Questions and Answers are the ‘nuts and bolts’ of a conversation. Asking a good question is more difficult than it appears. Let’s look at a Johnny Depp Interview. Focus on the questions after you have read and enjoyed Johnny’s answers.
Question 1: What attracts you to odd hats?
Johnny Depp Answer 1: I don't know, maybe I read too many Dr. Seuss books when I was a kid. I hadn't thought about that, actually, the hat thing.
Question 2: Are you fond, in films, of wearing long hair? Is it something that makes you comfortable, to have your hair long, or does it matter?
Johnny Depp Answer 2: No, I'd always thought, probably very stupidly, I thought that, you know, if your hair is down…you're hiding. So you're invisible, you know? People can't see you. Now I have a two-and-a-half-year-old daughter who won't let me cut my hair.
Question Usage Analysis
This question is simple and straightforward. However, the interviewer uses a “What” question. Most people will use a “Why” question.
Ex: Why do you wear odd hats?
The “what” style question is a bit softer and more original.
The interviewer uses an “Are you… ?” and a choice question: Is it “A” or “B”? (A=long hair is comfortable, B=long hair doesn’t matter to you)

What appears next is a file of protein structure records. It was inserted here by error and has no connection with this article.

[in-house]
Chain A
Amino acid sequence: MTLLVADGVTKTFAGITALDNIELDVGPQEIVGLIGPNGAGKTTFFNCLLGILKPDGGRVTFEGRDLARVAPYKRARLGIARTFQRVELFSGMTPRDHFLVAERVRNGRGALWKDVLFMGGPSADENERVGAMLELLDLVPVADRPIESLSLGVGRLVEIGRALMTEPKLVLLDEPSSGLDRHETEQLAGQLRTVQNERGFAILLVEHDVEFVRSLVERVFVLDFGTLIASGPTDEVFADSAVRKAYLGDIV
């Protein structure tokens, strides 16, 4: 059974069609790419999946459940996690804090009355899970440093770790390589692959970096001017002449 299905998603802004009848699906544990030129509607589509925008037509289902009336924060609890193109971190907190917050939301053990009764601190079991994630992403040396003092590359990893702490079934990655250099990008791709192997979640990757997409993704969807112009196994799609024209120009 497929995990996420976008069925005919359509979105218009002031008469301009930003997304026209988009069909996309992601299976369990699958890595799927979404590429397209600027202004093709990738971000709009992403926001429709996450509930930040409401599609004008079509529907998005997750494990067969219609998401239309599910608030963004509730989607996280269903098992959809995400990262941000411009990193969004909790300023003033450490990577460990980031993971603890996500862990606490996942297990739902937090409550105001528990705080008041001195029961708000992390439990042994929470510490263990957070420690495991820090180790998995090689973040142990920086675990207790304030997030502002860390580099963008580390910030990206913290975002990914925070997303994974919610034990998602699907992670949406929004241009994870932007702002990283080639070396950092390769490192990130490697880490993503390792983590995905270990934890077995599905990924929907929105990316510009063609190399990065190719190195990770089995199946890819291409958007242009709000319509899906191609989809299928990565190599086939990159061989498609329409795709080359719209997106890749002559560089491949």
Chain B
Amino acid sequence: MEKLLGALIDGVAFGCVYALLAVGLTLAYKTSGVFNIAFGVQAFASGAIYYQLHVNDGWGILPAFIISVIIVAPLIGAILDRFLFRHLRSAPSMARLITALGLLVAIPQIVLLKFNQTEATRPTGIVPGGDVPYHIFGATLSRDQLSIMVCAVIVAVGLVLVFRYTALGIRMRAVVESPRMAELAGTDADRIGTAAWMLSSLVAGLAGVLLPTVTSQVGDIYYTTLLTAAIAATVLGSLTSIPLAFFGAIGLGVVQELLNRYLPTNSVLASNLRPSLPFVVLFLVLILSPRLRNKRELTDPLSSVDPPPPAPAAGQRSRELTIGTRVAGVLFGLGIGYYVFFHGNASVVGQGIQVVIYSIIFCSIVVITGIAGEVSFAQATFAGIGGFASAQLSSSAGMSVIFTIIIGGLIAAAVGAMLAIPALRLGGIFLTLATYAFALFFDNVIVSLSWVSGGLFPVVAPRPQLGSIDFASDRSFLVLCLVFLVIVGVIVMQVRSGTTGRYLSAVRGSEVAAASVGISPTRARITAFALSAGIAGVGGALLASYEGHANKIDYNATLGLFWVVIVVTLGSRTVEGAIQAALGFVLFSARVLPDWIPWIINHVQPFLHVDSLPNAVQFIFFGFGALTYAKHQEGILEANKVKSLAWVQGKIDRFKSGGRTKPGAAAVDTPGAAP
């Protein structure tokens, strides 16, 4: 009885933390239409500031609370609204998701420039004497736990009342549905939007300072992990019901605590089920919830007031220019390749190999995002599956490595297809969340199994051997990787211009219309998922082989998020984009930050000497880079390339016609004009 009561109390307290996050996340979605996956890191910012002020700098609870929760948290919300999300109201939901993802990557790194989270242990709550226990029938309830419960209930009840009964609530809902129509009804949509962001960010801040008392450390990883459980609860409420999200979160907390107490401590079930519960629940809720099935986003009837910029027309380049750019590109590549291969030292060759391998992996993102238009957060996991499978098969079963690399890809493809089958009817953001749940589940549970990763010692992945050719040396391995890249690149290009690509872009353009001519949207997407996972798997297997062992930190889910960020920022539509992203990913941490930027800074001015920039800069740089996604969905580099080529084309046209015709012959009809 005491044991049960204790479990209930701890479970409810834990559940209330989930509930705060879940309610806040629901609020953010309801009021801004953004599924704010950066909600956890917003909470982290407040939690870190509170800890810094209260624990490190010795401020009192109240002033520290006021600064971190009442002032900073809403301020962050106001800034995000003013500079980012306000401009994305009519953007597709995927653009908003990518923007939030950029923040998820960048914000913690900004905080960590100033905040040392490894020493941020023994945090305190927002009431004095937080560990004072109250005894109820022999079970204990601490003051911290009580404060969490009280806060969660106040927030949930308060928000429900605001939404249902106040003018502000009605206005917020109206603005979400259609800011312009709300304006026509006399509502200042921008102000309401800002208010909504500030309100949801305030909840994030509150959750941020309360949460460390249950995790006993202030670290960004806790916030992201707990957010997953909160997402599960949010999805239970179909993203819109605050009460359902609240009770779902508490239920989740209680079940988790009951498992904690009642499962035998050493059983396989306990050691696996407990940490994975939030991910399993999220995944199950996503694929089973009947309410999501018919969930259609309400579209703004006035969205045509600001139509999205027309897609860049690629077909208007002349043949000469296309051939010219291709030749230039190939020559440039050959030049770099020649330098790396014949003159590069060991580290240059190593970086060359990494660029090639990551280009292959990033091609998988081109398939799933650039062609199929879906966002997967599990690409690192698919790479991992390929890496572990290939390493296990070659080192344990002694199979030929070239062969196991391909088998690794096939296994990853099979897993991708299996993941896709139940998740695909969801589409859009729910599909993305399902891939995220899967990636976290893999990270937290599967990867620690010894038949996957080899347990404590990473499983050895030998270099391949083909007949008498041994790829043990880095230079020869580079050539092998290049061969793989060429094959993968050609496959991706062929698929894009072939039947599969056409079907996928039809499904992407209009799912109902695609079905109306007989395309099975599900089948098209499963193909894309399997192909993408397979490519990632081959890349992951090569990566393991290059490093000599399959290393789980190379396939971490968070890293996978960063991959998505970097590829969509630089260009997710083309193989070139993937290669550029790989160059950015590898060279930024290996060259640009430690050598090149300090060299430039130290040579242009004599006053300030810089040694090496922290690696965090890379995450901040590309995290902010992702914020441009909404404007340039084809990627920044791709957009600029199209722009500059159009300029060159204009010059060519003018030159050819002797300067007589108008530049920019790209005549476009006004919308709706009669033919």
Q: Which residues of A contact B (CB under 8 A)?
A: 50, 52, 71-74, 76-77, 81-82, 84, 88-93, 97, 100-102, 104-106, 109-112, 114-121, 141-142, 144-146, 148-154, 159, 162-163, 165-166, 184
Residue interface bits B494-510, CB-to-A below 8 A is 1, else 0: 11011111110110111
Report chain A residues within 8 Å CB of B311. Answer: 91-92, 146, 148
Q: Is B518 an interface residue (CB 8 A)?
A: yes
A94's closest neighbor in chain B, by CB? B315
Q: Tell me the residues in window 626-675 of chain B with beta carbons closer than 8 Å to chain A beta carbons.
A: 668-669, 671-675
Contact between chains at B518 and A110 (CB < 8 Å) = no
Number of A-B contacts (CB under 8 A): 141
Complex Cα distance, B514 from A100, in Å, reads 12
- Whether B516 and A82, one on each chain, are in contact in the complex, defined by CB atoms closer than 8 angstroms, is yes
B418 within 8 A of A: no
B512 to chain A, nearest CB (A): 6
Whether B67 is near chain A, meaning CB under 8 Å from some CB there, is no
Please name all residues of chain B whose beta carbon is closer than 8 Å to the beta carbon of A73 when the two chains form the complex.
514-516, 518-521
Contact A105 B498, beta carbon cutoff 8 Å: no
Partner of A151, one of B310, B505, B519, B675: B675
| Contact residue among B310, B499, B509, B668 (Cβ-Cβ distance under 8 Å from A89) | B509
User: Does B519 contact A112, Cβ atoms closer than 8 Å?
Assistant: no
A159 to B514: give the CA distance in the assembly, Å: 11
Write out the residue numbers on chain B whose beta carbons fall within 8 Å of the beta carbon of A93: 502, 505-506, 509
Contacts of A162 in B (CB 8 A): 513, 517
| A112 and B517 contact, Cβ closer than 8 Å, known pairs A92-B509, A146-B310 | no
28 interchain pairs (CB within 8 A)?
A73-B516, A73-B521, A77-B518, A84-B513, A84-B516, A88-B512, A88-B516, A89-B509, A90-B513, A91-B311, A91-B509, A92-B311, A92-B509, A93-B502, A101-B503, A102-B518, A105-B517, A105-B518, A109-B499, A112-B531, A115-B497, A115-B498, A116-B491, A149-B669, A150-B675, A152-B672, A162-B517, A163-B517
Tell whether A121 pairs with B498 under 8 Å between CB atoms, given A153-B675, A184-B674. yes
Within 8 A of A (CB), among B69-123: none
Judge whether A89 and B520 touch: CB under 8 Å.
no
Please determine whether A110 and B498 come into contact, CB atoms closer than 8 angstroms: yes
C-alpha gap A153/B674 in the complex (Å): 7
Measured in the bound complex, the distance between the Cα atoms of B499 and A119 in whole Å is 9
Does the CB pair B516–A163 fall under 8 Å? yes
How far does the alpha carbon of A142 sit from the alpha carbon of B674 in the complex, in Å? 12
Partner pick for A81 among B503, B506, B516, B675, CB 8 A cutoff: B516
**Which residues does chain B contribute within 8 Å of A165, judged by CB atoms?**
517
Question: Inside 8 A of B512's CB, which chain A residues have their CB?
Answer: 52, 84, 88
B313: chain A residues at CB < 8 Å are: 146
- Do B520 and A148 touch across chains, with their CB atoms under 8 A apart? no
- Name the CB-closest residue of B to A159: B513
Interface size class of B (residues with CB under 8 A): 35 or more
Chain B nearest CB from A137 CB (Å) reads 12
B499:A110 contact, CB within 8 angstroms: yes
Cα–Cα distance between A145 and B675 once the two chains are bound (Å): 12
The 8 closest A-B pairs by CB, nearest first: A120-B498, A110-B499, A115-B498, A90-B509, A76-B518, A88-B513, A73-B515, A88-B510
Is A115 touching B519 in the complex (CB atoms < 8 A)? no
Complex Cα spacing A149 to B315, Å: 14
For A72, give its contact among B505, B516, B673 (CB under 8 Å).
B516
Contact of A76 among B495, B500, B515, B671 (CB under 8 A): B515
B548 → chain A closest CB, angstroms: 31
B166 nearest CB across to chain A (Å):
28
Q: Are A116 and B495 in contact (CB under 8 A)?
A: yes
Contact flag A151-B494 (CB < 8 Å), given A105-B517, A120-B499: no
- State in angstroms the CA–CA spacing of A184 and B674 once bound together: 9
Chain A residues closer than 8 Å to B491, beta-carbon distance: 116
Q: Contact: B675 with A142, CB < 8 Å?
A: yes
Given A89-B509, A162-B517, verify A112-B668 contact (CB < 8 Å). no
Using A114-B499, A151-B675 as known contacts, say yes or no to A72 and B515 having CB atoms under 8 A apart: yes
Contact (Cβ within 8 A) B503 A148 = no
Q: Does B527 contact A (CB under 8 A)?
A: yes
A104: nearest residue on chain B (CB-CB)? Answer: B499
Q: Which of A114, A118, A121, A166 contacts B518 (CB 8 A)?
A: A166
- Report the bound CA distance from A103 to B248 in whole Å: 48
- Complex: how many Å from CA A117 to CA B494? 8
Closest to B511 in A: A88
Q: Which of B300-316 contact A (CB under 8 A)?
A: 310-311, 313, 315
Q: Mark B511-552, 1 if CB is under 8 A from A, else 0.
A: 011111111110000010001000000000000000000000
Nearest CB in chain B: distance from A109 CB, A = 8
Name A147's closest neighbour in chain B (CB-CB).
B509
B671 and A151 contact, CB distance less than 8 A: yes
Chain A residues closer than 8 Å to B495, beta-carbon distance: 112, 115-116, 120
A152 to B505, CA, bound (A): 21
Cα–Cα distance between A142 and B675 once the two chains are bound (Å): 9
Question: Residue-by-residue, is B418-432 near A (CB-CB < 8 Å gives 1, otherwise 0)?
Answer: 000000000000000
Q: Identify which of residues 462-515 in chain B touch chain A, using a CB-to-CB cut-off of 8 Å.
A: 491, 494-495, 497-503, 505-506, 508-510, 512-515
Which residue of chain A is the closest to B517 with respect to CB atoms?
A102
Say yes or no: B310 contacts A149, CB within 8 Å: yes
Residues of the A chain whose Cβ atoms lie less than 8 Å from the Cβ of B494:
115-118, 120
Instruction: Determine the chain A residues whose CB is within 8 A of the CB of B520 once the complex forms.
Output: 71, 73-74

“Are you…?” is a closed question not good for conversation because the answer is “YES/NO”. However, in this case it is a rhetorical question. The Interviewer uses the question to emphasize the idea of ‘long hair’. The interviewer doesn’t expect an answer and moves to the next question quickly. The interviewer’s use of the A or B question format is because he or she wants a short style answer focused in a specific way. The feeling is: lets find out about Johnny Depp’s beautiful, long hair but not focus too much time on the topic. An A or B question style signals to the answering person what the listener wants to know specifically and in a short answer style. This style is also a soft way of finding out information from another person.
There are many question style strategies. These are two simple ones you can use in your next conversation. Try to make your question ‘soft’ but ‘unique’ like with Question 1. Also, try to use a ‘rhetorical question’ plus an “A or B question’ to find out specific information without sounding too demanding as in Question 2.
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